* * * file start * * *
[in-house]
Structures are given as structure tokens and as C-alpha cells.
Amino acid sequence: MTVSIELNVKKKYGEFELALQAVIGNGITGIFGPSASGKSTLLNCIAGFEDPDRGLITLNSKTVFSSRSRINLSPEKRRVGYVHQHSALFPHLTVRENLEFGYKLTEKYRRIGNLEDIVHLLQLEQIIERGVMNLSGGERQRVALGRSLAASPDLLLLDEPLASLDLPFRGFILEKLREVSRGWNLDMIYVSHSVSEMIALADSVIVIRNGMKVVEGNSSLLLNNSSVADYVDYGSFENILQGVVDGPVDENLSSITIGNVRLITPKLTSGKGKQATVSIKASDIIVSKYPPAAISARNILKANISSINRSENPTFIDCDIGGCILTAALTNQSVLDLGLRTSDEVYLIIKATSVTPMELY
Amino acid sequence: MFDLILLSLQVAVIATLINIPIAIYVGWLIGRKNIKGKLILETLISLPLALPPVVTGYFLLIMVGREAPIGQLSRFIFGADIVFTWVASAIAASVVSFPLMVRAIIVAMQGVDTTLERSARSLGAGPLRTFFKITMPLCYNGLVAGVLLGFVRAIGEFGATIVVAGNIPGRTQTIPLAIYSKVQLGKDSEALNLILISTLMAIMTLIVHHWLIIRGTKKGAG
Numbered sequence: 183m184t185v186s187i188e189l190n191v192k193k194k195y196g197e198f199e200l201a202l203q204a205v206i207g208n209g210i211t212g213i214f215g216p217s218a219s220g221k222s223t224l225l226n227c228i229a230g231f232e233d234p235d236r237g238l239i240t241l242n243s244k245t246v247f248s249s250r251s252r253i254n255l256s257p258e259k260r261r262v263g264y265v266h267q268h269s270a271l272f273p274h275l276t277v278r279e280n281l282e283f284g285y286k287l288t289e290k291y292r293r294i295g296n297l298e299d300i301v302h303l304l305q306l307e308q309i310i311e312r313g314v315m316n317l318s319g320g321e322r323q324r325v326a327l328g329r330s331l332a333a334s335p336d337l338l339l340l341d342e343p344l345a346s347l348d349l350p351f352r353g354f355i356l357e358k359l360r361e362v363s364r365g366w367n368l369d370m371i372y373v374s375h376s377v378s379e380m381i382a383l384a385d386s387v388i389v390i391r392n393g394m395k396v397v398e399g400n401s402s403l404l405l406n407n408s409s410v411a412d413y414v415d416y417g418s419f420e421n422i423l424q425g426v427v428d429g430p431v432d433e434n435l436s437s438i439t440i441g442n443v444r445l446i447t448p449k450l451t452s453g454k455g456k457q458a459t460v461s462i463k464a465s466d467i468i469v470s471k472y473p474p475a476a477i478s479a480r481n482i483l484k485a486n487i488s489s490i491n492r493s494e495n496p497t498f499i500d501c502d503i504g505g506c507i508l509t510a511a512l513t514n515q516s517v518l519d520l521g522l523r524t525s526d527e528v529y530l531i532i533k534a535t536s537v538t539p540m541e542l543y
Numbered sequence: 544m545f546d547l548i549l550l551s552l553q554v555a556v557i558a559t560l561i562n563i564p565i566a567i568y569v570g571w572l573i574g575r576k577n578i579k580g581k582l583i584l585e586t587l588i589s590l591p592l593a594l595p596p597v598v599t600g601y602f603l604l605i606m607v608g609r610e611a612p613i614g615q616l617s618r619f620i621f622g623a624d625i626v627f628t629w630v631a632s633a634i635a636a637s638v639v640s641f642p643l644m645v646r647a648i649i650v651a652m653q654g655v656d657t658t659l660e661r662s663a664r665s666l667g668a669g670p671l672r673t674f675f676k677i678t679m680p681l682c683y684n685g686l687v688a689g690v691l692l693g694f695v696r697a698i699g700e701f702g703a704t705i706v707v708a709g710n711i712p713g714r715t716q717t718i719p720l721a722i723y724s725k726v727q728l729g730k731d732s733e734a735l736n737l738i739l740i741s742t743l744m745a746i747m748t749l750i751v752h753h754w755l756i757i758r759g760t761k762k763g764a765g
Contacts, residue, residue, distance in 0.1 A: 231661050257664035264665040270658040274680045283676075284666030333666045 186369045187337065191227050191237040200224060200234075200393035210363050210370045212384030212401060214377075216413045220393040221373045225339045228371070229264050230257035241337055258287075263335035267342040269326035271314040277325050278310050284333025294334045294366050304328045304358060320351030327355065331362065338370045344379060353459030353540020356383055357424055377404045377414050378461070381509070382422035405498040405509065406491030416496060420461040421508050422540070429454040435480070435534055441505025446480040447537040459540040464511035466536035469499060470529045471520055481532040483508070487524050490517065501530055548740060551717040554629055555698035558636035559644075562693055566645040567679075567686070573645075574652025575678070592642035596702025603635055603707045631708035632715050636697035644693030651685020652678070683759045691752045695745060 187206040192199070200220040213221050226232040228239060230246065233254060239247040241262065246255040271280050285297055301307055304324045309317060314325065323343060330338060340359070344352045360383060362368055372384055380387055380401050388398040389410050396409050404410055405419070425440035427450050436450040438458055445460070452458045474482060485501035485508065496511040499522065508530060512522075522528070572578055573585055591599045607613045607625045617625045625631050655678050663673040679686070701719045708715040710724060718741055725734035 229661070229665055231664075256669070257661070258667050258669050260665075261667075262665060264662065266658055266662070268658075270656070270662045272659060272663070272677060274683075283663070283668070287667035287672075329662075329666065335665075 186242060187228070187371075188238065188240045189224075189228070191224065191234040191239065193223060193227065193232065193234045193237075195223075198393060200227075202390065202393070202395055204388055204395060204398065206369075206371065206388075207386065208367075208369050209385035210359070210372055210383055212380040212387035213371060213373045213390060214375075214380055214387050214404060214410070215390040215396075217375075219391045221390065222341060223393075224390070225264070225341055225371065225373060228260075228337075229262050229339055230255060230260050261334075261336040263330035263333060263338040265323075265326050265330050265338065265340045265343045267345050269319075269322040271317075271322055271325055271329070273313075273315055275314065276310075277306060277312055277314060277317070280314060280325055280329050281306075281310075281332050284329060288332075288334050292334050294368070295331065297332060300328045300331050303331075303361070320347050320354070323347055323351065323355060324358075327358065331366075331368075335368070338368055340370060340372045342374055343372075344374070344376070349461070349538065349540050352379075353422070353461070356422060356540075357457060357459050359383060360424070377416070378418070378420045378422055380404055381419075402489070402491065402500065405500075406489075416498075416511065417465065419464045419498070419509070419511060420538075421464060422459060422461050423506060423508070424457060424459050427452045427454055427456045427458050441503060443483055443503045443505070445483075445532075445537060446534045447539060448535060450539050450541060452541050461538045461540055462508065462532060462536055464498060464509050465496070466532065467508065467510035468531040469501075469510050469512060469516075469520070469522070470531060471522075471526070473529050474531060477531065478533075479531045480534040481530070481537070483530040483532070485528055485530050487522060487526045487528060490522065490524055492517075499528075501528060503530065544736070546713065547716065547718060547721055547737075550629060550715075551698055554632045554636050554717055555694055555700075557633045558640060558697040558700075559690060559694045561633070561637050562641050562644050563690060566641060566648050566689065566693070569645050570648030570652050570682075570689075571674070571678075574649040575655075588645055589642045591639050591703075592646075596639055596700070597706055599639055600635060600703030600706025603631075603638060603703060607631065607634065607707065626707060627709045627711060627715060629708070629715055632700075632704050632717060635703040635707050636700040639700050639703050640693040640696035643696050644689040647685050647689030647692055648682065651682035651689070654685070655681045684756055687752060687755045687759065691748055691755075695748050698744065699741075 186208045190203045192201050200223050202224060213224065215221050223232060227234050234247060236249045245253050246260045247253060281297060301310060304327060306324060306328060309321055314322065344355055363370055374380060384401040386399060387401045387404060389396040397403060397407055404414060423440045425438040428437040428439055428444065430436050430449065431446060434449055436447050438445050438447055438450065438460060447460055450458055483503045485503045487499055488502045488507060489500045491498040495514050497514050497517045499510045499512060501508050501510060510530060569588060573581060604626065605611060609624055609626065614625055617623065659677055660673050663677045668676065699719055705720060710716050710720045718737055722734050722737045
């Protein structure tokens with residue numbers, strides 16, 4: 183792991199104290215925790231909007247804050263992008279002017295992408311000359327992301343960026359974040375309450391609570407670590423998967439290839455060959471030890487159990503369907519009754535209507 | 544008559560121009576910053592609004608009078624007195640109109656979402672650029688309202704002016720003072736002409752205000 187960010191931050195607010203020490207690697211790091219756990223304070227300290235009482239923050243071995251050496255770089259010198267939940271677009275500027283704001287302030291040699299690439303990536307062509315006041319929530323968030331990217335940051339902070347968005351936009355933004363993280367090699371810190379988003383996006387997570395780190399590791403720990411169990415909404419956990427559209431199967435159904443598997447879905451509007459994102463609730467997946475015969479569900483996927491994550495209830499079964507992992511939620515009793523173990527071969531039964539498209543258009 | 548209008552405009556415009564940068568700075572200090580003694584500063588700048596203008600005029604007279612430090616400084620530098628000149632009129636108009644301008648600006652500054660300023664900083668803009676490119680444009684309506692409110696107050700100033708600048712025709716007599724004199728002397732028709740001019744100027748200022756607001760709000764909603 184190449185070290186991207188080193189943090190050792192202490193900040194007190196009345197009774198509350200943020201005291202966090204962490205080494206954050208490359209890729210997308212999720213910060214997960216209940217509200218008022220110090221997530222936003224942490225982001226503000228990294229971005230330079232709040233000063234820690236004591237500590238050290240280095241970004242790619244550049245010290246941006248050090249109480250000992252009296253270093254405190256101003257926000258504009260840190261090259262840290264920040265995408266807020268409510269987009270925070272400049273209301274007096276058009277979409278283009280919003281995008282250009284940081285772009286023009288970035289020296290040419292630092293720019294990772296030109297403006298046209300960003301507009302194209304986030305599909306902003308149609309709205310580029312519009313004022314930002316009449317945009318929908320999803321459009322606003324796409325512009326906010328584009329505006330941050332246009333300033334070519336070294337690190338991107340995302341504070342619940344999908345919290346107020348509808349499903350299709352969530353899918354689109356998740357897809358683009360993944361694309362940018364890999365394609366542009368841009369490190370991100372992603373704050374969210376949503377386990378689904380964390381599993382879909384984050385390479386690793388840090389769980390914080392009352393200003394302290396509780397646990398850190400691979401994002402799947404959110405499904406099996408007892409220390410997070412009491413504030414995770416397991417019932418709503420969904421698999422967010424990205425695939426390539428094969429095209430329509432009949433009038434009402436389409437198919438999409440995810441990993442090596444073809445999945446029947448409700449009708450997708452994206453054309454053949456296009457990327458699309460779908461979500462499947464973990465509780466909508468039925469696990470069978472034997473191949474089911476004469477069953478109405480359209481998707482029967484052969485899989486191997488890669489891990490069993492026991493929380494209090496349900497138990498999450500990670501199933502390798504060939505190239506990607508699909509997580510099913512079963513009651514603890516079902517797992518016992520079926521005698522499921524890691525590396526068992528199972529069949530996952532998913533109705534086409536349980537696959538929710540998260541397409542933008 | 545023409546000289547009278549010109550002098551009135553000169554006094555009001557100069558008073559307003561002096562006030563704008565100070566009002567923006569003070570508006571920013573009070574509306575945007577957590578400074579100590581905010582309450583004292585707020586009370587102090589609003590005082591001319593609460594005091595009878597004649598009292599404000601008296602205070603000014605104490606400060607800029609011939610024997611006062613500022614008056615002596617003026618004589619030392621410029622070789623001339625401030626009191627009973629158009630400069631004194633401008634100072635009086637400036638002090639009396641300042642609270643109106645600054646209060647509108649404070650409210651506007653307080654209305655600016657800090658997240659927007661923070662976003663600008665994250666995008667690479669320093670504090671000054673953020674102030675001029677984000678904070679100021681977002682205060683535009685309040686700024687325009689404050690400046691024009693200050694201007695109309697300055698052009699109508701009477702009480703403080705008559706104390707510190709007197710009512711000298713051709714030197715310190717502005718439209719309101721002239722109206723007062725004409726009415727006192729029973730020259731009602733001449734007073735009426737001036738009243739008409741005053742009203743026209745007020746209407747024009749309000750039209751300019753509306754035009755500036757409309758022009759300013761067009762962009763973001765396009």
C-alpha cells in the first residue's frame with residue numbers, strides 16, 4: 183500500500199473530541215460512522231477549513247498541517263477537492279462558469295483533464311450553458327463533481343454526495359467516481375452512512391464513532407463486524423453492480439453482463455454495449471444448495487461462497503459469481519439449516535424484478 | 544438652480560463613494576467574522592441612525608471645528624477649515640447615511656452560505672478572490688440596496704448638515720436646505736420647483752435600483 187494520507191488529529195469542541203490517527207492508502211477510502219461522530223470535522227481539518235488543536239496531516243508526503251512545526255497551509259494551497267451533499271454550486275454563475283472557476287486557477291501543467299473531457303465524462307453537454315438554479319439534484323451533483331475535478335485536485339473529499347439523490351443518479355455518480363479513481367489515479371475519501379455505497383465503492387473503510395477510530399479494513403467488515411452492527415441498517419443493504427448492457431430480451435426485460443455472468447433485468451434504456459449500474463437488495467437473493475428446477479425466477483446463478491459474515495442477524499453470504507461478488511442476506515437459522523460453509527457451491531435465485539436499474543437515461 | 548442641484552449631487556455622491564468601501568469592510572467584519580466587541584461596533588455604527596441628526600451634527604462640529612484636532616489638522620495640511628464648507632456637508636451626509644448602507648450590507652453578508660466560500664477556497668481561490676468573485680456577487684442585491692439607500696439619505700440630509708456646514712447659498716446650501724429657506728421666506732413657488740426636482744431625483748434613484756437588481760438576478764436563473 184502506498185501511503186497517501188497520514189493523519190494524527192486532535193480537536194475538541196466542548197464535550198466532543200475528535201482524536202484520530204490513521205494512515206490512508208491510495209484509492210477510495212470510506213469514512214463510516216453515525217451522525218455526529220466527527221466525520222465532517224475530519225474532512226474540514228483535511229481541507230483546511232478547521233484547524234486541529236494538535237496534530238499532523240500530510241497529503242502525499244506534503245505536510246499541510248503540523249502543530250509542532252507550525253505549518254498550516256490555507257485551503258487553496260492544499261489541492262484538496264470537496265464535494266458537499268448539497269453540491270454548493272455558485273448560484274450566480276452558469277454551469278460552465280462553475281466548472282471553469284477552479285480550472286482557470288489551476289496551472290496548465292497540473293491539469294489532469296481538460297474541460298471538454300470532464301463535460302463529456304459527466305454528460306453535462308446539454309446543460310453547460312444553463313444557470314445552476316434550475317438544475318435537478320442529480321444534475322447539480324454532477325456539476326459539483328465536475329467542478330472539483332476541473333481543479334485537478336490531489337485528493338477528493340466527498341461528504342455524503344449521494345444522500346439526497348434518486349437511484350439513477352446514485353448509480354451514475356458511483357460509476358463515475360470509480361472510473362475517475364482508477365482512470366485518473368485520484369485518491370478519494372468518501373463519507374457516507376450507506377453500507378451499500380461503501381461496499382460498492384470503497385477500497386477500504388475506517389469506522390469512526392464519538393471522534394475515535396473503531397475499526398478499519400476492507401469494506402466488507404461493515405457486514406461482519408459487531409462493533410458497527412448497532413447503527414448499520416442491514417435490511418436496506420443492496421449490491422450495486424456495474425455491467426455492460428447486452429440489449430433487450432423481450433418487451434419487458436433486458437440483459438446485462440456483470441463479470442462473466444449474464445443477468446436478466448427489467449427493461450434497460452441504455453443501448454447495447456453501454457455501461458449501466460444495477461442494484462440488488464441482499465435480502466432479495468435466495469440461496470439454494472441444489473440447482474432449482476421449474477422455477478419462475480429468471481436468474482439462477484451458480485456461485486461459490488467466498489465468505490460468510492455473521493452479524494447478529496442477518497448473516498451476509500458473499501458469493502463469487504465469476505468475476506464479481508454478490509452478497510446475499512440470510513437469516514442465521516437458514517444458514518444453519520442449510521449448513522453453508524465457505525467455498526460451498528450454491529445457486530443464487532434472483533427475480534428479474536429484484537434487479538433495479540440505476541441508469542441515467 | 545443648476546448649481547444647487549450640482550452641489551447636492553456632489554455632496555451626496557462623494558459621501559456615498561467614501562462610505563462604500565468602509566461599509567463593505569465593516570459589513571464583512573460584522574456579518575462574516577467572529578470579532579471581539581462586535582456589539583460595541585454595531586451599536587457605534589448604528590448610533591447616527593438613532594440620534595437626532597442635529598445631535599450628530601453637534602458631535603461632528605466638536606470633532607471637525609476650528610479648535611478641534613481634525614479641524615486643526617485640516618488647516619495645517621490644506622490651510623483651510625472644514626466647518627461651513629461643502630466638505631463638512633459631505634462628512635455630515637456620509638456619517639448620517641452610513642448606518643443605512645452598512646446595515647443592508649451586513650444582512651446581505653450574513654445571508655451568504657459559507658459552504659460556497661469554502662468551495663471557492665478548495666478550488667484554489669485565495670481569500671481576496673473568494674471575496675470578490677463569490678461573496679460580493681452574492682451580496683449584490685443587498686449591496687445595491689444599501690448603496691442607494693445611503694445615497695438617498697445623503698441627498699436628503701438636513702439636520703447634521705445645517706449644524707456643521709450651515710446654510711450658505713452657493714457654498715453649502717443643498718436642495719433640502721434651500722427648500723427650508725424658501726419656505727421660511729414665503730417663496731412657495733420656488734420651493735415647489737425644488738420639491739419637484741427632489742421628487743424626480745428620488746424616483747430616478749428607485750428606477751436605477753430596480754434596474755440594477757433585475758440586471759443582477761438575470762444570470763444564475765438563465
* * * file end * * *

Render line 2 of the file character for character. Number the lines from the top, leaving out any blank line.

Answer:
Structures are given as structure tokens and as C-alpha cells.